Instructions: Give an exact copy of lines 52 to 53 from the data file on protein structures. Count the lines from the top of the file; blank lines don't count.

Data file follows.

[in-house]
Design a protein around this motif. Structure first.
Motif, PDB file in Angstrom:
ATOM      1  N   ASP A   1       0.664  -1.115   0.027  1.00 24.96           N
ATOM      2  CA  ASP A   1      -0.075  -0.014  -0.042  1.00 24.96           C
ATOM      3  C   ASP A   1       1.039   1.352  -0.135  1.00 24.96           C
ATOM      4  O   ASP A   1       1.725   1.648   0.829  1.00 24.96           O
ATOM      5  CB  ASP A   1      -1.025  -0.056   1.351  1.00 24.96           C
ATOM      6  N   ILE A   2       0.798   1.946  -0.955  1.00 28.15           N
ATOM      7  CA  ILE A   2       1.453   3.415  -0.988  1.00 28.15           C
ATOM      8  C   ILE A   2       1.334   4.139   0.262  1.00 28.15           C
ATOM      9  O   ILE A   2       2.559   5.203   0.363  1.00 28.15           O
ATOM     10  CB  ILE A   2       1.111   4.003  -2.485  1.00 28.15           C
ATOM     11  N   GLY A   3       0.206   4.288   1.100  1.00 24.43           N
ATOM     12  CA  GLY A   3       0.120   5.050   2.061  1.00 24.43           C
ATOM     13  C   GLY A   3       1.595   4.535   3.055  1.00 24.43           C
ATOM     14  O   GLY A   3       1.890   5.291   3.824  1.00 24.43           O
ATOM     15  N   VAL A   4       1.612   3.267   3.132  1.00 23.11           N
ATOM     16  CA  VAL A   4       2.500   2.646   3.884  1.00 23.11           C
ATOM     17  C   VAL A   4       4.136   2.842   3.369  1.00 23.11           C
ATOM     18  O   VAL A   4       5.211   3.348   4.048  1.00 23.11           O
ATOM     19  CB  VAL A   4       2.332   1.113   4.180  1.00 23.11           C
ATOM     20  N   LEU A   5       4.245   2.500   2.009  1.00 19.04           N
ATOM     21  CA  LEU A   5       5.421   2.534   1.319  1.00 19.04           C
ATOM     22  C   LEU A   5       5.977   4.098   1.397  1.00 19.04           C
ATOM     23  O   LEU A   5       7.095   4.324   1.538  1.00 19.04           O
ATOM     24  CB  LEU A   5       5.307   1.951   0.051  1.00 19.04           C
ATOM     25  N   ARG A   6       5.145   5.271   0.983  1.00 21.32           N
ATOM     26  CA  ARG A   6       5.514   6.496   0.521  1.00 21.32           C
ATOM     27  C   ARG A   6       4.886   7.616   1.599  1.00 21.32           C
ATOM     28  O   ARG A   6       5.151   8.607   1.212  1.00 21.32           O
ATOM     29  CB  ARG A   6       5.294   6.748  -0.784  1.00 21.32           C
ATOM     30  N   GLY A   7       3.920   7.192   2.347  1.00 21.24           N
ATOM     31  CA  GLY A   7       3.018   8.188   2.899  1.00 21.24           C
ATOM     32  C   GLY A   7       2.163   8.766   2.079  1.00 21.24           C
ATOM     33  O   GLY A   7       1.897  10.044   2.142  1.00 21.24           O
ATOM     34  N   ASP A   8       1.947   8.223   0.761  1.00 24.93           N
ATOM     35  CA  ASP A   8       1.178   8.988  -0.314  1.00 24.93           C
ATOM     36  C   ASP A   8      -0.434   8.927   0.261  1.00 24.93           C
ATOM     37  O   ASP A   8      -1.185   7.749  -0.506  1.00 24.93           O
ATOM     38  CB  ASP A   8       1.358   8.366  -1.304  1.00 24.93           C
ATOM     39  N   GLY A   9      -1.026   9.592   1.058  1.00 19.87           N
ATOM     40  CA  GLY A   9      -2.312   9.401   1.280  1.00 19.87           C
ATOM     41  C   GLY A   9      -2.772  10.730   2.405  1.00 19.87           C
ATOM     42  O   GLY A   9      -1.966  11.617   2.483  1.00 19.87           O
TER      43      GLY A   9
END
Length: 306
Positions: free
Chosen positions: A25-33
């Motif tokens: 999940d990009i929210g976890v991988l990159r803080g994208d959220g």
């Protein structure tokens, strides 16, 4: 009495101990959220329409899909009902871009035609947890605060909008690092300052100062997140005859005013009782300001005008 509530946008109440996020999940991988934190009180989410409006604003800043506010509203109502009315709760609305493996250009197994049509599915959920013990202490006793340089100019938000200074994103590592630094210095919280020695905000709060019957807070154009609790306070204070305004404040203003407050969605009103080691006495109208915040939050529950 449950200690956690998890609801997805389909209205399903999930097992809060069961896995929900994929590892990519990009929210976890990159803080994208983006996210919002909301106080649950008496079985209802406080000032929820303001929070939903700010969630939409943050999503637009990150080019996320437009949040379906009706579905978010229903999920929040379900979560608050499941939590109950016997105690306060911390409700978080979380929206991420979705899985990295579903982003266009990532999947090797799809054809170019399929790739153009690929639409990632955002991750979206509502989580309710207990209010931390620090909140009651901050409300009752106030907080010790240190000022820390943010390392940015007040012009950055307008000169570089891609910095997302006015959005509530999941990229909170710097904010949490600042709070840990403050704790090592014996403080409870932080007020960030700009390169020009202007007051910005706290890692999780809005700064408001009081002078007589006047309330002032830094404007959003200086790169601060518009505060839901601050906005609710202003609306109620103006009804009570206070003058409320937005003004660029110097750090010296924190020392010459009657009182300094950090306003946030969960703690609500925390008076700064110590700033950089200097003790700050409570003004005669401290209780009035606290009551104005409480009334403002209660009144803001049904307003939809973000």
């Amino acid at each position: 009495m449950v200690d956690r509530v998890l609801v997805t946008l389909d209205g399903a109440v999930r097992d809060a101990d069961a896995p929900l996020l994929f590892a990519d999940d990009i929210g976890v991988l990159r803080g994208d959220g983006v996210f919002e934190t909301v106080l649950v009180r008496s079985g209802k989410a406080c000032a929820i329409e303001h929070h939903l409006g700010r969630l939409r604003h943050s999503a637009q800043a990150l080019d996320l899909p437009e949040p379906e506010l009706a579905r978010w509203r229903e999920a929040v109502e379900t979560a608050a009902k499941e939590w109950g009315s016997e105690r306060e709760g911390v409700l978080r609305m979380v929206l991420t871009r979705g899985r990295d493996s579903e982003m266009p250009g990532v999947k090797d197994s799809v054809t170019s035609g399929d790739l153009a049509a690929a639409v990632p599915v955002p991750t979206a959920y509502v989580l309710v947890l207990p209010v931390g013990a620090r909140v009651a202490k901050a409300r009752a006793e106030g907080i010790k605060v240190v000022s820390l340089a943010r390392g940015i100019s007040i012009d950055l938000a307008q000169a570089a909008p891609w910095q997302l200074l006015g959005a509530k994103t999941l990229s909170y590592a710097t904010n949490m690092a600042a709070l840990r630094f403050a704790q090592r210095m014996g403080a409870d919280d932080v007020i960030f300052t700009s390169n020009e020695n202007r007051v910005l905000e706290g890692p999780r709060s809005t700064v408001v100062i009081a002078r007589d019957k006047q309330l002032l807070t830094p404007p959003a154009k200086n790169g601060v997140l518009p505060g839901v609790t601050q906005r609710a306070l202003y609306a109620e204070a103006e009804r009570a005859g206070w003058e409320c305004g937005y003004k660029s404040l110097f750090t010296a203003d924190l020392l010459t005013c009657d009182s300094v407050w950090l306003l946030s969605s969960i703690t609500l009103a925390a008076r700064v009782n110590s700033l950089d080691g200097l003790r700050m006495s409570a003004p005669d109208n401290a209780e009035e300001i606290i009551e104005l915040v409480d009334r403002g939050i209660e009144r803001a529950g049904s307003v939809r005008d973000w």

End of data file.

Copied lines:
């Protein structure tokens, strides 16, 4: 009495101990959220329409899909009902871009035609947890605060909008690092300052100062997140005859005013009782300001005008 509530946008109440996020999940991988934190009180989410409006604003800043506010509203109502009315709760609305493996250009197994049509599915959920013990202490006793340089100019938000200074994103590592630094210095919280020695905000709060019957807070154009609790306070204070305004404040203003407050969605009103080691006495109208915040939050529950 449950200690956690998890609801997805389909209205399903999930097992809060069961896995929900994929590892990519990009929210976890990159803080994208983006996210919002909301106080649950008496079985209802406080000032929820303001929070939903700010969630939409943050999503637009990150080019996320437009949040379906009706579905978010229903999920929040379900979560608050499941939590109950016997105690306060911390409700978080979380929206991420979705899985990295579903982003266009990532999947090797799809054809170019399929790739153009690929639409990632955002991750979206509502989580309710207990209010931390620090909140009651901050409300009752106030907080010790240190000022820390943010390392940015007040012009950055307008000169570089891609910095997302006015959005509530999941990229909170710097904010949490600042709070840990403050704790090592014996403080409870932080007020960030700009390169020009202007007051910005706290890692999780809005700064408001009081002078007589006047309330002032830094404007959003200086790169601060518009505060839901601050906005609710202003609306109620103006009804009570206070003058409320937005003004660029110097750090010296924190020392010459009657009182300094950090306003946030969960703690609500925390008076700064110590700033950089200097003790700050409570003004005669401290209780009035606290009551104005409480009334403002209660009144803001049904307003939809973000």
């Amino acid at each position: 009495m449950v200690d956690r509530v998890l609801v997805t946008l389909d209205g399903a109440v999930r097992d809060a101990d069961a896995p929900l996020l994929f590892a990519d999940d990009i929210g976890v991988l990159r803080g994208d959220g983006v996210f919002e934190t909301v106080l649950v009180r008496s079985g209802k989410a406080c000032a929820i329409e303001h929070h939903l409006g700010r969630l939409r604003h943050s999503a637009q800043a990150l080019d996320l899909p437009e949040p379906e506010l009706a579905r978010w509203r229903e999920a929040v109502e379900t979560a608050a009902k499941e939590w109950g009315s016997e105690r306060e709760g911390v409700l978080r609305m979380v929206l991420t871009r979705g899985r990295d493996s579903e982003m266009p250009g990532v999947k090797d197994s799809v054809t170019s035609g399929d790739l153009a049509a690929a639409v990632p599915v955002p991750t979206a959920y509502v989580l309710v947890l207990p209010v931390g013990a620090r909140v009651a202490k901050a409300r009752a006793e106030g907080i010790k605060v240190v000022s820390l340089a943010r390392g940015i100019s007040i012009d950055l938000a307008q000169a570089a909008p891609w910095q997302l200074l006015g959005a509530k994103t999941l990229s909170y590592a710097t904010n949490m690092a600042a709070l840990r630094f403050a704790q090592r210095m014996g403080a409870d919280d932080v007020i960030f300052t700009s390169n020009e020695n202007r007051v910005l905000e706290g890692p999780r709060s809005t700064v408001v100062i009081a002078r007589d019957k006047q309330l002032l807070t830094p404007p959003a154009k200086n790169g601060v997140l518009p505060g839901v609790t601050q906005r609710a306070l202003y609306a109620e204070a103006e009804r009570a005859g206070w003058e409320c305004g937005y003004k660029s404040l110097f750090t010296a203003d924190l020392l010459t005013c009657d009182s300094v407050w950090l306003l946030s969605s969960i703690t609500l009103a925390a008076r700064v009782n110590s700033l950089d080691g200097l003790r700050m006495s409570a003004p005669d109208n401290a209780e009035e300001i606290i009551e104005l915040v409480d009334r403002g939050i209660e009144r803001a529950g049904s307003v939809r005008d973000w």